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Date of Award
Restricted Thesis: Campus only access
Bachelor of Science
Biochemistry & Molecular Biol.
Dr. Krista Fischler-Stenger
Dr. John T. Gupton
Polysubstituted pyrrole compounds, developed by Dr. John Gupton in the chemistry department at the University of Richmond, have shown success as chemotherapeutic agents. The pyrrole moiety targets microtubules, an essential component of the cell’s cytoskeleton and active participant in mitosis (Fig. 1). Colchicine, an antimitotic agent that has been used to treat a number of ailments ranging from gout to back pain, acts as a microtubule depolymerizer. Since its discovery, the site to which it binds on tubulin has been commonly referred to as the ‘colchicine site.’ Pyrroles bind to the ‘colchicine site’ and also behave as potent microtubule depolymerizers, causing a loss of cellular microtubules, hindrance of mitotic spindle function, mitotic arrest, and apoptosis initiation.1 This activity, specifically, is why microtubule targeting drugs are becoming instrumental in the development of cancer treatment.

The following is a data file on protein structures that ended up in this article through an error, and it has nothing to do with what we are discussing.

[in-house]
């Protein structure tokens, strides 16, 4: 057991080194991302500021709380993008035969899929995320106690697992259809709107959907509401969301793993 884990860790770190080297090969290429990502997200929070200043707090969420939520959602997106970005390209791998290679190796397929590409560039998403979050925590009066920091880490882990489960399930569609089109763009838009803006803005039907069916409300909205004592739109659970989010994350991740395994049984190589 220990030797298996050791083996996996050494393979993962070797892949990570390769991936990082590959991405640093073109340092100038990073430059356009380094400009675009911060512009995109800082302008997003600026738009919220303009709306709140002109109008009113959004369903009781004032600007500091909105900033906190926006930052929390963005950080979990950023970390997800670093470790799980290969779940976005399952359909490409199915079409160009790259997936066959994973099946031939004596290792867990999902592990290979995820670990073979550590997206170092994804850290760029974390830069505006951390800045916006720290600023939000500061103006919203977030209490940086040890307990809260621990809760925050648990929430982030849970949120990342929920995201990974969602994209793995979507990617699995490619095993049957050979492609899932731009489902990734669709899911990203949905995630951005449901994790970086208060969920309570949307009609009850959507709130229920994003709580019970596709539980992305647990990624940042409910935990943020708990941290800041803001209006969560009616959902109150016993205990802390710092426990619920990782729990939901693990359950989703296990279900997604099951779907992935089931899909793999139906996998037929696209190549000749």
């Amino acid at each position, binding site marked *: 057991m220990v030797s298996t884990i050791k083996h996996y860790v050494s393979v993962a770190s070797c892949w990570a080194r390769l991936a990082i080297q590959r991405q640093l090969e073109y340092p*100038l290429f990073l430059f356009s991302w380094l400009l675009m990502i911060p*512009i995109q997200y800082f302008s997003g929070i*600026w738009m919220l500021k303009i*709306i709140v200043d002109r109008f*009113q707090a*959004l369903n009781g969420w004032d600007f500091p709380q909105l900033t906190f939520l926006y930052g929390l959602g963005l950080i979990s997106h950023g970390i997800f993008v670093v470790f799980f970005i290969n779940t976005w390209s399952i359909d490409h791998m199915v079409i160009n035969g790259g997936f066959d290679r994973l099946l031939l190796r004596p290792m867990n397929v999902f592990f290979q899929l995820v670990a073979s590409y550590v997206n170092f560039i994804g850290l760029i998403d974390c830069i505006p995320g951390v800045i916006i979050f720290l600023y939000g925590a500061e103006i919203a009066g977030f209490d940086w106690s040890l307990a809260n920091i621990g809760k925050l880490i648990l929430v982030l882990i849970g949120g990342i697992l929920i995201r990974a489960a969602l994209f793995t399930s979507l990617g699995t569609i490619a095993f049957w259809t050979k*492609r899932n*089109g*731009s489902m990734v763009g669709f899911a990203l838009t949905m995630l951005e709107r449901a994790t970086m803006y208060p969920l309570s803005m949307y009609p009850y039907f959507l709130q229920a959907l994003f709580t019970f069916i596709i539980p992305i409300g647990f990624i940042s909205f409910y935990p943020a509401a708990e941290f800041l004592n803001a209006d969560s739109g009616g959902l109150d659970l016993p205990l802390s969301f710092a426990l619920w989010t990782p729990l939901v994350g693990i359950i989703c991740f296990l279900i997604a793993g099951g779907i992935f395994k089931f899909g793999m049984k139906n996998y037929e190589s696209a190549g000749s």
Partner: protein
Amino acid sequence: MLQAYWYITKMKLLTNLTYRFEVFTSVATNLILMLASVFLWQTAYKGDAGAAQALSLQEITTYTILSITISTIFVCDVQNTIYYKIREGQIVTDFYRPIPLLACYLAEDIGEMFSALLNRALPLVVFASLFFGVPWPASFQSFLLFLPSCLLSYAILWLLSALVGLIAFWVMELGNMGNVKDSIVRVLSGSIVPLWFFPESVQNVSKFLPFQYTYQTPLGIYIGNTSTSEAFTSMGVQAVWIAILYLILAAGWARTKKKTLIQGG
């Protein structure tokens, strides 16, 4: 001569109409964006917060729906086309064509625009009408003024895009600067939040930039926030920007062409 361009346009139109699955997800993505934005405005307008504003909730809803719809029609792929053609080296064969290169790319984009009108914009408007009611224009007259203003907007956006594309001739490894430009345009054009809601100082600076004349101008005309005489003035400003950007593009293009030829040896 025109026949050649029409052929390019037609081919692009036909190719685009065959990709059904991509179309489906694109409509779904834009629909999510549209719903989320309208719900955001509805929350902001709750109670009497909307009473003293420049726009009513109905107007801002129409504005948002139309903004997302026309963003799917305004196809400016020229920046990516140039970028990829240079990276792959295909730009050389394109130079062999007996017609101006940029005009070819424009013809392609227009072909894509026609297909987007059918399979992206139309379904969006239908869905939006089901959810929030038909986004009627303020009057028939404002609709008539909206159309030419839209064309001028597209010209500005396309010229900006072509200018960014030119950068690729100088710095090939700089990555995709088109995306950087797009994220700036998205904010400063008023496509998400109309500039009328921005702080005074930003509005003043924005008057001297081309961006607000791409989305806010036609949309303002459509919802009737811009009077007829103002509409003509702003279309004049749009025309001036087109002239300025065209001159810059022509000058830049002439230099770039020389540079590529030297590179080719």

Folgosa, Lauren, "The Effect of Polysubstituted Pyrrole Compounds on the Inflammatory Response" (2010). Honors Theses. 149.